The interest rate on loans as charged by the Bank of England has fallen to 1%. This represents a fall of 80% from October 2008.
It takes about 12 months for the effects of an interest rate change to translate into realities in the public arena. So one can expect that, come October 2009, we will be seeing the devastating effects of newly printed money flooding the world economy.
Have a think about that for a second…
Okay, time is up.
If we think back to the great Tsunami which took the lives of tens of thousands of individuals in the Asia-Pacific, we might recall videos of bathers looking perplexed at the sea. The tide went out so suddenly. There were numerous different reactions:
- Some stood there, stunned, glaring at the wet sand and the receding water.
- Some walked towards the sea in order to get back into the water and go for a swim.
- Some realized there was a problem and ran as fast as they could towards the shore. Most of them were too slow.
- A small minority looked out from the safety of their hotel rooms, filming the whole spectacle.
- Various animals, such as elephants, had made a run for higher ground, at the bemusement of human onlookers.
If we liken the current financial changes to the aforementioned natural disaster, we can identify some interesting parallels. The swimmers are like those living in debt, enjoying the good life. They take some risks, such as being eaten by sharks, drowning or being washed away, but none of them would think for a minute this could happen to him personally. Feew of the swimmers can imagine a tsunami. Falling interest rates and receding credit might resemble an unusually low tide. Animals and people of wisdom can recognize this as an event that precedes a disaster, and some will do a runner. Many of course never go swimming and are thereby not at risk.
Most people, however, fall into the ignorant groups (1 and 2) mentioned above. They are so stupid and so trusting that they welcome the falling interest rates with open arms, going forth and getting deeper into debt since they believe they can afford to do so. Others stand there, reading the amazing headline, perplexed. But already the rumblings of the next phase can be heard by those with open ears and broad reading habits. But even fewer than these remember the words of the ancients on monetary matters:
They have taken gifts in thee to shed blood: thou hast taken usury and increase, and hast covetously oppressed thy neighbours: and then hast forgotten me, saith the Lord God.
Had they remembered not to consort with usurers, our financial swimmers would have contented themselves with the humble and wholesome practice of living in a hut on a hill, rather than visit expensive tourist resorts and wade, semi-naked, into the sea of peril. At this point I think the analogy has stretched to its limit, except to say that the rumbling sound of the shaking earth was audible by some, but not others, well before the tsunami struck.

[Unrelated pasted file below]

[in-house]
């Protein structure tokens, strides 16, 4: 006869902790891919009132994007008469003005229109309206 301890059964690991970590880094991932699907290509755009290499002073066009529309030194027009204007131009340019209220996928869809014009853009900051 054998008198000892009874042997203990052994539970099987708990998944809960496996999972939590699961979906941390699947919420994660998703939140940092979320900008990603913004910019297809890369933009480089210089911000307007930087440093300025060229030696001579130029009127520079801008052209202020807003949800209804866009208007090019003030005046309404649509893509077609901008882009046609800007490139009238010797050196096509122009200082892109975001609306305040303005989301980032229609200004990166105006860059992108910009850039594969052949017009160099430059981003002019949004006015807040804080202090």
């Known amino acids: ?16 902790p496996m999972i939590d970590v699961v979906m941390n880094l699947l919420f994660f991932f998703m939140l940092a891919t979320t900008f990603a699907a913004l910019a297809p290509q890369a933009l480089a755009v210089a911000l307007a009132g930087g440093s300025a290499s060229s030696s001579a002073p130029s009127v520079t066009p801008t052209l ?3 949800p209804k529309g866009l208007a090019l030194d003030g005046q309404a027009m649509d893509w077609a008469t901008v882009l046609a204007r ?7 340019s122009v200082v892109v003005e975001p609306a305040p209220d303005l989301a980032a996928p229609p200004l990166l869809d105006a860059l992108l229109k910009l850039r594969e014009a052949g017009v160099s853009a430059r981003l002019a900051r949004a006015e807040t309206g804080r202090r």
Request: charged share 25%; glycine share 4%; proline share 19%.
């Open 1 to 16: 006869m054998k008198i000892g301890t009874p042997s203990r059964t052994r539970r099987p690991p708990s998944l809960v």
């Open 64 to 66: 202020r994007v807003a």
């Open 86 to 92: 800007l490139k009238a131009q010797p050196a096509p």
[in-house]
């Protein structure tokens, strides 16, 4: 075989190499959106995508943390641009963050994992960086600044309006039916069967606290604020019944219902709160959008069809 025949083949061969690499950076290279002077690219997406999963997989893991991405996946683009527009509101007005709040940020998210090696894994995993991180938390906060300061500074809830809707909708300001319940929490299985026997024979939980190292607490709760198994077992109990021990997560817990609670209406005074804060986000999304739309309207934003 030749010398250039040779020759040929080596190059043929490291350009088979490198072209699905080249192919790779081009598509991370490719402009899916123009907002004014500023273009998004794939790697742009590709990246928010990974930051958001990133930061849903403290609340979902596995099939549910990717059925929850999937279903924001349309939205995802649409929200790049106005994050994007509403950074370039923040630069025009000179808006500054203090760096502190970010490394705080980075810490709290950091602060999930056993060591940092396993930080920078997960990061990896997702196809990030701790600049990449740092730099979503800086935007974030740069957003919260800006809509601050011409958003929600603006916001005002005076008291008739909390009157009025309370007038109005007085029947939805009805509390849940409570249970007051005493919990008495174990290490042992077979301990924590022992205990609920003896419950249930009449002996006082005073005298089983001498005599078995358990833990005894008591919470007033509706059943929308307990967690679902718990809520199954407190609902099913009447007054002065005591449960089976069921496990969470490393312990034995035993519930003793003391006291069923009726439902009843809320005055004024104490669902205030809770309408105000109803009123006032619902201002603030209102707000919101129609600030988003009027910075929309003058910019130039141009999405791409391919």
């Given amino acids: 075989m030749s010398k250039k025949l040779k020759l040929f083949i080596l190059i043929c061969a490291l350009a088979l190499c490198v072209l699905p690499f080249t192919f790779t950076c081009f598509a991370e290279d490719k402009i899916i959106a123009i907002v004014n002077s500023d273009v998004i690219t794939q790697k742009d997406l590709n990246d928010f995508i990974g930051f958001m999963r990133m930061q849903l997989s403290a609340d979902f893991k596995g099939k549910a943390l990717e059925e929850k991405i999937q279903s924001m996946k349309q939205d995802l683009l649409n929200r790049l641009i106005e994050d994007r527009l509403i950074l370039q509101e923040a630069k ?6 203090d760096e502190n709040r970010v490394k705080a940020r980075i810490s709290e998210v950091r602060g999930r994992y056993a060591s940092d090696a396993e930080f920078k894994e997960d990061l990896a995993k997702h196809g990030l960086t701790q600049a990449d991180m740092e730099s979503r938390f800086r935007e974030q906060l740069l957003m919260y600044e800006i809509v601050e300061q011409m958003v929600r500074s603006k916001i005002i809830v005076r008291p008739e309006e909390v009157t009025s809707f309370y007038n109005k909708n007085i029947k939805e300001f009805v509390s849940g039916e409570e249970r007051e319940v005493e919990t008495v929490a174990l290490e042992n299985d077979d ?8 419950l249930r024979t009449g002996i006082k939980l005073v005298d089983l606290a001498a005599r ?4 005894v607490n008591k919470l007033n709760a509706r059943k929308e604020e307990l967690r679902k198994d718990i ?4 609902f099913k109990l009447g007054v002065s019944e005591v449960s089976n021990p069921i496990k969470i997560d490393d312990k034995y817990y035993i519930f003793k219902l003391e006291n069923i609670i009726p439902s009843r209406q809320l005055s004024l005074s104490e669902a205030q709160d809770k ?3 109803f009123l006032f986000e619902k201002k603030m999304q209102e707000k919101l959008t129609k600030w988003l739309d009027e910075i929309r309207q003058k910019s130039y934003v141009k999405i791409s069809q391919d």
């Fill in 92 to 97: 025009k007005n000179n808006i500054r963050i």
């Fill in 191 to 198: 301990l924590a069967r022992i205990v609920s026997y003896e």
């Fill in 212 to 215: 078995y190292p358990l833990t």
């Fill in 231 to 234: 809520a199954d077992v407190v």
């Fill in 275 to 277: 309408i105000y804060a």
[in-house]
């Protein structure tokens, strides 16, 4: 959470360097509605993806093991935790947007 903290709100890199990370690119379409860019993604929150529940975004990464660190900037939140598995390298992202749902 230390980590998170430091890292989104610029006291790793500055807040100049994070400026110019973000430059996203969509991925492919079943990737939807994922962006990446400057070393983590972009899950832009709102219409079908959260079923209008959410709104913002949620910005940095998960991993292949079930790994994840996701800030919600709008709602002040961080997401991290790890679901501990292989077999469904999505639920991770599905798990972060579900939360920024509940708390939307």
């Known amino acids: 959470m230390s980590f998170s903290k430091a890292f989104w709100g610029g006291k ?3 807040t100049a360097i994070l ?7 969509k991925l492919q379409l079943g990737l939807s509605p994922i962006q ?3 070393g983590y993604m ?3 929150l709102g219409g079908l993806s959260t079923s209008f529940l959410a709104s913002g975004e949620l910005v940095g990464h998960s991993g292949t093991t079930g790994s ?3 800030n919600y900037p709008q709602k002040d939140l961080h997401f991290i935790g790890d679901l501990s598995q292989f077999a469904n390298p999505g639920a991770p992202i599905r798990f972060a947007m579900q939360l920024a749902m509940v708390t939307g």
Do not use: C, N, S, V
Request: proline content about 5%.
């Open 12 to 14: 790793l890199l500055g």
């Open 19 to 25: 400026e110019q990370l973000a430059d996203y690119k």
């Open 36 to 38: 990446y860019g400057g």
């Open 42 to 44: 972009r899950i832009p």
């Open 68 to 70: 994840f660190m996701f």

It is, even now, difficult to discern just what has been making these rumbling noises. Is it God? The commonly accepted story of the Tsunami was that it was a freak natural event. Some of course will see the event in a religious context and attribute it in some way to divine retribution. Other, more cynical characters have considered human malice behind the Tsunami itself. Unlikely as it is, one must admit, that is an interesting idea.
As for the present financial situation around the world, it is not impossible to work out what is coming. Banks are attempting to preserve their assets (people in debt) by not screwing them over with excessive interest rates. Governments are, to some extent, forcing banks to adopt this approach, but for a different reason. Governments want banks to lend anew, yet now people are spooked and generally don’t want to borrow. Banks are also spooked and don’t want to take risks. It all looks upside down and rather messy.
But none of that matters, because in the end, it’s the big things that matter. If there is one thing that can be said about all of this is that it is bigger than any individual. This crisis has been designed to be so big that any independent, organized movement would be unable to stop it.
An ocean of new money has been issued. We might not be seeing it yet, but it’s there, just beyond the horizon, coming like a great flood, ready to “stimulate” the economy. But in fact it will dilute the value of any existing cash into meaninglessness. In fact it already has, but, like the swimmers suddenly dry from the falling levels of water before the wave hits, there is an overwhelming perception that the opposite has occurred.
The advantage of suddenly finding that the sand beneath your feet is dry is that it’s easier and faster to run over dry land than it is to wade through waist-deep water. It is therefore in our interests to get off the beach, get out of debt as soon as possible, before the water (debt) returns. It’s too late already for the majority, and the fools out there who are going out and buying anything on debt are no different to the now deceased who walked towards the Tsunami. It wasn’t a pretty sight.
The most striking similarity this financial crisis has to the Tsunami is the distinct possibility that large numbers of those caught up in the sea of debt may well end up paying for this with their lives.